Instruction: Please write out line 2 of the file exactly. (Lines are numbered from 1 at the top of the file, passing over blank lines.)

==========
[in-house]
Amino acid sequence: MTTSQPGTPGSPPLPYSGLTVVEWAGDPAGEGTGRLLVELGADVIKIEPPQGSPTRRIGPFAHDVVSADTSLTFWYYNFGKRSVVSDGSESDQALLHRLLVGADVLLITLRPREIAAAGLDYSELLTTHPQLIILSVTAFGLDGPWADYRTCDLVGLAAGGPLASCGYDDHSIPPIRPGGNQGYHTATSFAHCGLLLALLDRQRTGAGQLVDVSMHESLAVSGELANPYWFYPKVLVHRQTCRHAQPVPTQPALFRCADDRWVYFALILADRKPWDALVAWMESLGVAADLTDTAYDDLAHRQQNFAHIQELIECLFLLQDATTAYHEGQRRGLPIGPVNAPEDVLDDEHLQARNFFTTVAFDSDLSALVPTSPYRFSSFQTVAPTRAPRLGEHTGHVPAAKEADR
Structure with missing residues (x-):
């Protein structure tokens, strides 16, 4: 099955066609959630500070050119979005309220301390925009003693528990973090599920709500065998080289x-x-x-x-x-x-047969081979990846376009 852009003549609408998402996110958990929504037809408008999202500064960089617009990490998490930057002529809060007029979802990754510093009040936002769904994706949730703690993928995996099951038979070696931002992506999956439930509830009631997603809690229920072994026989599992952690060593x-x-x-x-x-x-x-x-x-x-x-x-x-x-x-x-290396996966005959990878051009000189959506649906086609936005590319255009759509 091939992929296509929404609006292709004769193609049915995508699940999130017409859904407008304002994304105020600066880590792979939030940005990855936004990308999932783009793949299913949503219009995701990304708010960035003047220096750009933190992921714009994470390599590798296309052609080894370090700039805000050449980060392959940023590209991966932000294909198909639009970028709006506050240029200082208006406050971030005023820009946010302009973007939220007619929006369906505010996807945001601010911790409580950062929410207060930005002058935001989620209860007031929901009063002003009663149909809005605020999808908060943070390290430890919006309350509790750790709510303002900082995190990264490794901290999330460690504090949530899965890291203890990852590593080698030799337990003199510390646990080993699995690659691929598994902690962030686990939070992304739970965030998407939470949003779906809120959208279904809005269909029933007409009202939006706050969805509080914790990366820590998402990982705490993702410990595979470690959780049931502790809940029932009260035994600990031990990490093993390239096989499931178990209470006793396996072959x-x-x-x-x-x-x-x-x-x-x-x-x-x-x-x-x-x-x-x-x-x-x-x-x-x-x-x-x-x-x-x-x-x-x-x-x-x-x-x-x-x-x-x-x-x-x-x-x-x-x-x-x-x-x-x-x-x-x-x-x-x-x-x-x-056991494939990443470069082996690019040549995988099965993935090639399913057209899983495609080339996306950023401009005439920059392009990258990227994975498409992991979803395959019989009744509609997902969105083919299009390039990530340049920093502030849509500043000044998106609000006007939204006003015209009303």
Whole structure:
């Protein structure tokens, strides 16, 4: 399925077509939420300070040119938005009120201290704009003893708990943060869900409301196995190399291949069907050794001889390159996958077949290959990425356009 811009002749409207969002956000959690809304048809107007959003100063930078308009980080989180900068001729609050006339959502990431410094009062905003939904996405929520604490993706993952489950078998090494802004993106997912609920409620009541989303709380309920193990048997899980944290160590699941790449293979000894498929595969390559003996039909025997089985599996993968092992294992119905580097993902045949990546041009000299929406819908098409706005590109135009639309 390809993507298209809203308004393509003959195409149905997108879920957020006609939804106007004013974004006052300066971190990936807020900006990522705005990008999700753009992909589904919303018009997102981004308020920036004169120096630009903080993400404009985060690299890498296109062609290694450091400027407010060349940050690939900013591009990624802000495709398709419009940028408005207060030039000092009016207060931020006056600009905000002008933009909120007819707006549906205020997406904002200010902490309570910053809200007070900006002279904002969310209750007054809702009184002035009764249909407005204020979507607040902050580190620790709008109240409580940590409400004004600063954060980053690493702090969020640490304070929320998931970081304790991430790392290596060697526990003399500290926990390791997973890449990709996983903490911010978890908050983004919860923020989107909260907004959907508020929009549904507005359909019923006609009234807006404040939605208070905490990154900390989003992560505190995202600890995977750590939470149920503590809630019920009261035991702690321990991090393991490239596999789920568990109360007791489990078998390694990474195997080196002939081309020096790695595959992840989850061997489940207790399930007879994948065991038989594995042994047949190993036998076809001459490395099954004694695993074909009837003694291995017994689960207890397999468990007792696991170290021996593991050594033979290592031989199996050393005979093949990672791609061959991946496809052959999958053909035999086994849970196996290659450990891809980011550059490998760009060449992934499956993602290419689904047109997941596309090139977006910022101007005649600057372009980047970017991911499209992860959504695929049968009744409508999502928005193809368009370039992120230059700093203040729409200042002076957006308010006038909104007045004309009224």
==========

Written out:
Amino acid sequence: MTTSQPGTPGSPPLPYSGLTVVEWAGDPAGEGTGRLLVELGADVIKIEPPQGSPTRRIGPFAHDVVSADTSLTFWYYNFGKRSVVSDGSESDQALLHRLLVGADVLLITLRPREIAAAGLDYSELLTTHPQLIILSVTAFGLDGPWADYRTCDLVGLAAGGPLASCGYDDHSIPPIRPGGNQGYHTATSFAHCGLLLALLDRQRTGAGQLVDVSMHESLAVSGELANPYWFYPKVLVHRQTCRHAQPVPTQPALFRCADDRWVYFALILADRKPWDALVAWMESLGVAADLTDTAYDDLAHRQQNFAHIQELIECLFLLQDATTAYHEGQRRGLPIGPVNAPEDVLDDEHLQARNFFTTVAFDSDLSALVPTSPYRFSSFQTVAPTRAPRLGEHTGHVPAAKEADR